He was confident in his views and opinions – anyone who has heard him second-guessing other coaches as a game or studio analyst can attest to that – but it never felt arrogant or disrespectful to me. He was just sharing his take and could not help but think about soccer and coaching in terms of what his approach would have been, as if he could visualize just how things might play out.

It felt like almost every coach we came across had a connection to Tony's coaching tree. Some were, as I was at first, intimidated by the heights of his success. Others wanted Tony to do them a favor. He was happy to meet, greet, and help each however he could.

Courtesy Ben Solomon
We called a number of college games together, which typically meant a conference call with each coach to get a little background on that team, a guess at the lineup, and an anecdote or two. I would let Tony take the lead, and he would say to the coach, “Tell me about …” whatever the immediate topic was, and away we went. He asked the right questions and knew what to take from the answers, how to read between the lines, and how to work that information into a broadcast. We would always compare notes, and I couldn’t help my bemusement that he always listed formations as 1-4-4-2 or 1-4-3-3 instead of just 4-4-2 or 4-3-3 – he wasn’t about to take the goalkeeper for granted!

On game days, you would never have known the heights he scaled as a coach, watching him interact with the production crew and the locals. “Hi, I’m Tony,” sufficed as an introduction. We got some good games and some crap games together (if I’m honest, our last working together was pretty blah), but we always had fun and we were always in it together. We would eat together, drive to games together, approach coaches together, and leave together afterward … it seems obvious, but it made an incredibly positive difference in our on-air chemistry.

I have to believe that focus on togetherness and connection and unity was something that set him apart as a broadcaster, as a coach, and, far more importantly, as a man.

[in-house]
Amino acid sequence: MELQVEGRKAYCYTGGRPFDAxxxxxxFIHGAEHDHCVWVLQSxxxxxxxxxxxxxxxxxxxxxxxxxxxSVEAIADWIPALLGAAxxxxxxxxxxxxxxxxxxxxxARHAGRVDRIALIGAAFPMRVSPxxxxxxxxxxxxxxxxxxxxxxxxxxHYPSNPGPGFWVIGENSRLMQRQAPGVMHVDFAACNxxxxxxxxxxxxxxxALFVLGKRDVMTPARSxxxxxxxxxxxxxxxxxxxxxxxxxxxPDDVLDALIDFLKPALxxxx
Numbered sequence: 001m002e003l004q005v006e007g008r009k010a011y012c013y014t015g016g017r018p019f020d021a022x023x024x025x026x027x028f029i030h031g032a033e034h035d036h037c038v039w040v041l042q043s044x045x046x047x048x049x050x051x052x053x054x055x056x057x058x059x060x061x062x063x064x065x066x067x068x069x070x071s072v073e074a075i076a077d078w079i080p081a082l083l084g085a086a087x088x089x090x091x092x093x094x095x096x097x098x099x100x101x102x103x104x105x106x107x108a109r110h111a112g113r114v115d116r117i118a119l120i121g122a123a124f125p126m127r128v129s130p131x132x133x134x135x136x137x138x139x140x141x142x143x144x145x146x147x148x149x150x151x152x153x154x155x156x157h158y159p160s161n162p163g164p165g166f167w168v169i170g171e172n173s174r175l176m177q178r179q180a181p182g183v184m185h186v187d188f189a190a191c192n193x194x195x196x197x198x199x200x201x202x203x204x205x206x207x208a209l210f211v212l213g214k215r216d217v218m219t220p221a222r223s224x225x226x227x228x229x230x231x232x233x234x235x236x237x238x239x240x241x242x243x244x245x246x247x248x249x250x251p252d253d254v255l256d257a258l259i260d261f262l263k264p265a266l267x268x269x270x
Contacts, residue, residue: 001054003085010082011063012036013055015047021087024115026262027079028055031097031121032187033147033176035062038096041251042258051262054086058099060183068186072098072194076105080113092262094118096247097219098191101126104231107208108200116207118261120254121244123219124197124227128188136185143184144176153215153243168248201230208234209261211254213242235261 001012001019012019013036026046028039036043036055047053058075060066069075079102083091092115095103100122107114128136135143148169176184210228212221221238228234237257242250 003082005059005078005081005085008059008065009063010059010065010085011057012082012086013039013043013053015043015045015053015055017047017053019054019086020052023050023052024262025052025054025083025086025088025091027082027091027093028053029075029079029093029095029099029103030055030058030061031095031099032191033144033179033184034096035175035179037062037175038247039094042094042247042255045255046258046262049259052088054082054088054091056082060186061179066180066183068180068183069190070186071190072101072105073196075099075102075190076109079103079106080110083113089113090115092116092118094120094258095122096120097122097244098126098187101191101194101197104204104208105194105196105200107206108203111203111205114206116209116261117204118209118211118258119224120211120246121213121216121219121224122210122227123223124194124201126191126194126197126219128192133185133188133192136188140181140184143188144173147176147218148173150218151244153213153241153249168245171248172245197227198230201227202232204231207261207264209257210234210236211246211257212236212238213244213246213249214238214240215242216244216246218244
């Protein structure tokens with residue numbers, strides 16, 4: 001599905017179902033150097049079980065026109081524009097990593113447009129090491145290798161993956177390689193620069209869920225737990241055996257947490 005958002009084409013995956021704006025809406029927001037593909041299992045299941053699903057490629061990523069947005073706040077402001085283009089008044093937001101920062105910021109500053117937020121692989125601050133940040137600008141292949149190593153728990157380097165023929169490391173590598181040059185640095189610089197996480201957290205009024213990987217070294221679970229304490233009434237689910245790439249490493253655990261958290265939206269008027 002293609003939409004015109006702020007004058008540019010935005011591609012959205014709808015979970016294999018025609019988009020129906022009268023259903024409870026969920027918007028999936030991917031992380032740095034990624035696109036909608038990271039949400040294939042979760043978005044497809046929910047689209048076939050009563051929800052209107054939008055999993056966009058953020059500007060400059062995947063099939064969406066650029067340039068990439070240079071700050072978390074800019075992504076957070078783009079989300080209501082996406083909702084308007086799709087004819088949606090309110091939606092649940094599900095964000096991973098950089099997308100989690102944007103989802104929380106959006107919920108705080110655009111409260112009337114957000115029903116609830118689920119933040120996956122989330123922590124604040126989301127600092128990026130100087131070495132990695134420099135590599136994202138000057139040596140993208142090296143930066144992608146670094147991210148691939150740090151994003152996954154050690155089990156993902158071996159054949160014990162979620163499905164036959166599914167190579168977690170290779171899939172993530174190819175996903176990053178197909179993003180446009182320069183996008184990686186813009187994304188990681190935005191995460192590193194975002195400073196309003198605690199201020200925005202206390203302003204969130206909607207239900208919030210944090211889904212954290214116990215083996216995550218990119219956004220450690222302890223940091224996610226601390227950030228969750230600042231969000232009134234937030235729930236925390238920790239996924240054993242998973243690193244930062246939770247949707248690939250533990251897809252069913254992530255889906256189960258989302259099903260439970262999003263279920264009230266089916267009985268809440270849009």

I was looking forward to comparing notes with and hearing more stories from Tony this fall, and it hasn’t quite sunk in yet that I won’t have that chance. But it was a privilege to know and work with him for the last few years, and I feel terrible for his family, close friends, former players and colleagues, and everybody who knew him better and longer than I.

Joy and unity, caring and storytelling. We will all miss Tony DiCicco.

17 June 2017

VIDEO: Highlights from wild Cosmos win

I was added to the New York Cosmos broadcast team before the season began, but my first two broadcasts were both road games called from a local studio. On Friday night, I finally got to call a game from the team's new home at MCU Park on Coney Island in Brooklyn, and we had a blast!

My partner Friday was former US international Janusz Michallik, who I've met before and with whom I've hosted radio shows before. But we had never called a game together in person, and this was certainly end-to-end entertainment.

Most of us don't call six-goal thrillers every week, and the goals brought real quality as well. The full game broadcast is available via WatchESPN's archive for the next 30 days, and MSG has our post-game segment.

Here are the highlights from Friday night:

Also a quick look at either end of my commute:

30 May 2017

Looking back to top photos, moments from 1st NBA season in virtual reality

Clearly, I've been putting this off for far too long. No posts from the NBA League Pass Virtual Reality opener on Oct. 27 until late May. There's a lot to tell.

In brief, the NBA season was an awesome, exciting, fun, challenging, and lengthy experience. We called one game a week for the entire season for NextVR productions of NBA League Pass VR, finally totaling 26 regular-season games broadcast in virtual reality. While we feel like we always put on a good show, the improvement from No. 1 to No. 26 was substantial and something I was really proud to be part of.

I wrote a whole lot more about the season, and you can scroll all the way down to read it, but pictures are a lot more powerful, aren't they? I can't really do justice to the entire year, but here are a few pictures that I hope capture how much fun it was to cover the NBA in virtual reality!

This is meta: Kevin Durant watching our footage right next to our camera. (via NextVR)
Working my 1st game at Madison Square Garden with Antoine Walker filling in.